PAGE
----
Dirs: John Olden and Claus Peter Witt
Starring: Horst Tappert and Hans Cossy
A recreation of the 1963 Great Train Robbery told in almost documentary style from the view of the robbers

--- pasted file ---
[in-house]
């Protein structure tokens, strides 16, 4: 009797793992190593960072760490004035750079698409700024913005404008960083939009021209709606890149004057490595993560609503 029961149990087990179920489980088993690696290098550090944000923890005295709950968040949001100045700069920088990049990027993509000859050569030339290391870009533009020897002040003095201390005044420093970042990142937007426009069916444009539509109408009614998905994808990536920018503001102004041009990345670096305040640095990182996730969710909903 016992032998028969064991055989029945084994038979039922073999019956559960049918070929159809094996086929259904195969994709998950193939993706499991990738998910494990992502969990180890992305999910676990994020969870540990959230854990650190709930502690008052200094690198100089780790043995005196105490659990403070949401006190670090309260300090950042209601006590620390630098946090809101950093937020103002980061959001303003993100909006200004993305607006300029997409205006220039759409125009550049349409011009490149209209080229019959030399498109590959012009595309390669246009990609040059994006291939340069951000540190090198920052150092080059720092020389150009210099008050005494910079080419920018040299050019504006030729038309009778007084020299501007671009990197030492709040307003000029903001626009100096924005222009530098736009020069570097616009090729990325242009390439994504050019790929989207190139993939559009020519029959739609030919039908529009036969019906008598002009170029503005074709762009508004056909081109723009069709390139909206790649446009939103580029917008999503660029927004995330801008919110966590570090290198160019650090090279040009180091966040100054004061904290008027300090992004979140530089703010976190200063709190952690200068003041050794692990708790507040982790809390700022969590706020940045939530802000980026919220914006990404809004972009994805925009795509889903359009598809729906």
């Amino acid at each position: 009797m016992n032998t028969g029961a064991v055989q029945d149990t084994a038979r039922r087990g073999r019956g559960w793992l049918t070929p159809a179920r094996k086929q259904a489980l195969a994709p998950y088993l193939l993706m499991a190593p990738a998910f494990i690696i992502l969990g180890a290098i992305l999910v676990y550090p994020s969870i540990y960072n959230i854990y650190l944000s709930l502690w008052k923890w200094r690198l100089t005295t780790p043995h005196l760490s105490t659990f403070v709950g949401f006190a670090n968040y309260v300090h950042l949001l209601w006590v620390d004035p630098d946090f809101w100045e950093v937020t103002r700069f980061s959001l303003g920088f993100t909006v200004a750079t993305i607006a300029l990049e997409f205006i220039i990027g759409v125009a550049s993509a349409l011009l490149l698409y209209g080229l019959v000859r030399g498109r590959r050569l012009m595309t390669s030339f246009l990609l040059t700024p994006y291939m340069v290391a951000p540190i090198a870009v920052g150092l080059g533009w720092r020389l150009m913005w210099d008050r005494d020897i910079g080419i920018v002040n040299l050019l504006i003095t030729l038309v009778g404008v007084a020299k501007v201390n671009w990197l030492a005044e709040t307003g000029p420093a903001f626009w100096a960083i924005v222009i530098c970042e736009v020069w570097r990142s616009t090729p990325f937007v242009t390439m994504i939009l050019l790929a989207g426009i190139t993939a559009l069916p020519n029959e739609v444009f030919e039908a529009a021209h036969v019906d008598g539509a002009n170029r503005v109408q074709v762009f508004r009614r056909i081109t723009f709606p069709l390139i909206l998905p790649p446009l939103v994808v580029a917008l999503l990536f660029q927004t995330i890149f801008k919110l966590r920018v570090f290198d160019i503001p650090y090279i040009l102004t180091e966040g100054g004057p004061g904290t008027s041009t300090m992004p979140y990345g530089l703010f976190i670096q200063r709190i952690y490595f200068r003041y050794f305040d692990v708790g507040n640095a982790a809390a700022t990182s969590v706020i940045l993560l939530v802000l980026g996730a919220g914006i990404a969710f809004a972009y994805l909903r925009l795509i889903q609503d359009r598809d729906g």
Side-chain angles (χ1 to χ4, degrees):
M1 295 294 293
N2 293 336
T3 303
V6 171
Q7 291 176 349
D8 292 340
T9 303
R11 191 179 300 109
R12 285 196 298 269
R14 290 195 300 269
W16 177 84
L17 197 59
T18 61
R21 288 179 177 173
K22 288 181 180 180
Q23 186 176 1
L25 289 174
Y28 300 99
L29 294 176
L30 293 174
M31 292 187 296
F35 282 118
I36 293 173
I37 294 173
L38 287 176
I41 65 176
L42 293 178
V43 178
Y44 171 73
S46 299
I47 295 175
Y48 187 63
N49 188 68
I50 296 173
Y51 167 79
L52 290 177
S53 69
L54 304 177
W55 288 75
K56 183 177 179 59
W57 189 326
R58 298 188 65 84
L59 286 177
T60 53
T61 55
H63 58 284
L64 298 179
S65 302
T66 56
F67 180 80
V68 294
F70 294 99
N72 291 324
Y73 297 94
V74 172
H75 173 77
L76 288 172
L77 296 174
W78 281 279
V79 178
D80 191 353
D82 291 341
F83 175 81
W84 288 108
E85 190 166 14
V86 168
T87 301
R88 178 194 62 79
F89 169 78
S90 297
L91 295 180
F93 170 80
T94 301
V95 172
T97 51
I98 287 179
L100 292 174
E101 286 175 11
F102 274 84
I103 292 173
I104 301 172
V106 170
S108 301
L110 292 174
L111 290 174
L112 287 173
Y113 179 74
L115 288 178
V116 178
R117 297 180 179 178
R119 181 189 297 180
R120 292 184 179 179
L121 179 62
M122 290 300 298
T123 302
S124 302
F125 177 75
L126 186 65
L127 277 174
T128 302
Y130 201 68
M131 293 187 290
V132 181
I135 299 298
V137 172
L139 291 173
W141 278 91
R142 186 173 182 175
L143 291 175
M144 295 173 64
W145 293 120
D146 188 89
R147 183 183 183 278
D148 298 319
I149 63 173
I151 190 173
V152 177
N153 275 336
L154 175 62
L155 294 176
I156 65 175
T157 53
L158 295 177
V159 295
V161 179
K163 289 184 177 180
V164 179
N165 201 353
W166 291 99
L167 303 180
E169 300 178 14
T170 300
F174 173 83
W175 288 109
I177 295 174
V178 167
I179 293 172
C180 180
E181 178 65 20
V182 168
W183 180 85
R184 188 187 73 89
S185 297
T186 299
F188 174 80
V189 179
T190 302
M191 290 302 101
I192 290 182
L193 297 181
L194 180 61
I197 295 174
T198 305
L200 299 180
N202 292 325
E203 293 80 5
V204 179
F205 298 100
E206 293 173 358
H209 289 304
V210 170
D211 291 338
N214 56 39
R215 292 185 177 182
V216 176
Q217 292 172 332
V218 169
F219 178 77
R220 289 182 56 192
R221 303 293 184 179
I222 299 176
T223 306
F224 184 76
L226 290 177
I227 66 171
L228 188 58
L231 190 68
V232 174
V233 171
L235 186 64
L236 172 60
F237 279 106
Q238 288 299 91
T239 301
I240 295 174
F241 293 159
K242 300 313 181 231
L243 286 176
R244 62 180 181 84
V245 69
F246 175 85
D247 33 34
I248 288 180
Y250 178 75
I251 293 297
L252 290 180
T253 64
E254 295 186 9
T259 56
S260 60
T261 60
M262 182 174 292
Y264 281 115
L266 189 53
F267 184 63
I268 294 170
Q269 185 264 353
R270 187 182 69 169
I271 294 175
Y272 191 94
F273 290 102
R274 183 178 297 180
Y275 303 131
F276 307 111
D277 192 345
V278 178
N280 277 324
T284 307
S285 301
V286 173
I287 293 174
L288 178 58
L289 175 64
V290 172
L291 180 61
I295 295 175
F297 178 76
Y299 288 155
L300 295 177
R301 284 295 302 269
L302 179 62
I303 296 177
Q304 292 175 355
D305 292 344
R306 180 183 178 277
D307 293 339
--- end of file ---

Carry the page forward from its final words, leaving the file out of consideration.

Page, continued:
This obscure film was originally made for German television as a three-part mini-series under the title Der Postzug-berfall (‘The Mail Train Raid’) and was not released in the UK at the time. No doubt the film was deemed somewhat insensitive, it being only four years after the actual robbery having taken place, though The Great St. Trinian’s Train Robbery (qv) appeared a year earlier and mocked the situation somewhat. The problem seemed to stem from the fact that the villains were clearly and definitively portrayed in the film, despite the change of names. The fact that the film was being recorded in some secrecy under the title Die Gentlemen Bitten zur Kasse (‘Gentlemen Prefer Cash’) made no difference. The producers had permission to film on the DB railway network but did not inform the authorities what the movie was about, yet despite the film being a German production there are some British railway scenes, though the continuity is very poor. As the opening credits roll we see shots of Class 40’s passing through the now closed Eglinton Street station in Glasgow, one of which looks to be D257. Although these are pretty good they are then followed by a shot of 4 CEP EMU No.7155 passing through Folkestone West! The opening sequence ends at London St Pancras where we get to see two Class 45’s, with differing headcodes. The robbery sequence has a very improbable railway journey, not to mention the inaccuracy of the robbery itself. The sequence starts with the mail leaving ‘Glasgow’ behind a Class 45, which is actually an express leaving St Pancras again, and this is followed by four night shots of Class 40 hauled expresses on the West Coast main line, one of which has a pair double-heading. The gang then rig up a false signal to stop the train and as the scene was filmed in Germany, the train is now made up of continental rolling stock and arrives behind a DB V200 Class diesel-hydraulic (V200-050 for those interested) complete with mock BR emblem on its side!! The German coaching stock is in Royal Mail livery and the cabsides of the loco have wholly spurious E II Royal ciphers. The production team even erected a ‘Sears Crossing’ sign at the side of the railway!! The English railway scenes do not end here, however. There is a later scene showing Horst Tappert boarding a train at Folkestone West, again formed of 4 CEP EMU’s with unit 7124 leading on this occasion. Finally, several electric units are visible in a climatic chase sequence across the rooftops and through the London streets, and these are probably 4 SUB’s. Having been released as a three-part mini-series in Germany, it appears to have then been edited into a single film for eventual UK theatrical release but it is a very shoddy production that, unsurprisingly, lies virtually forgotten.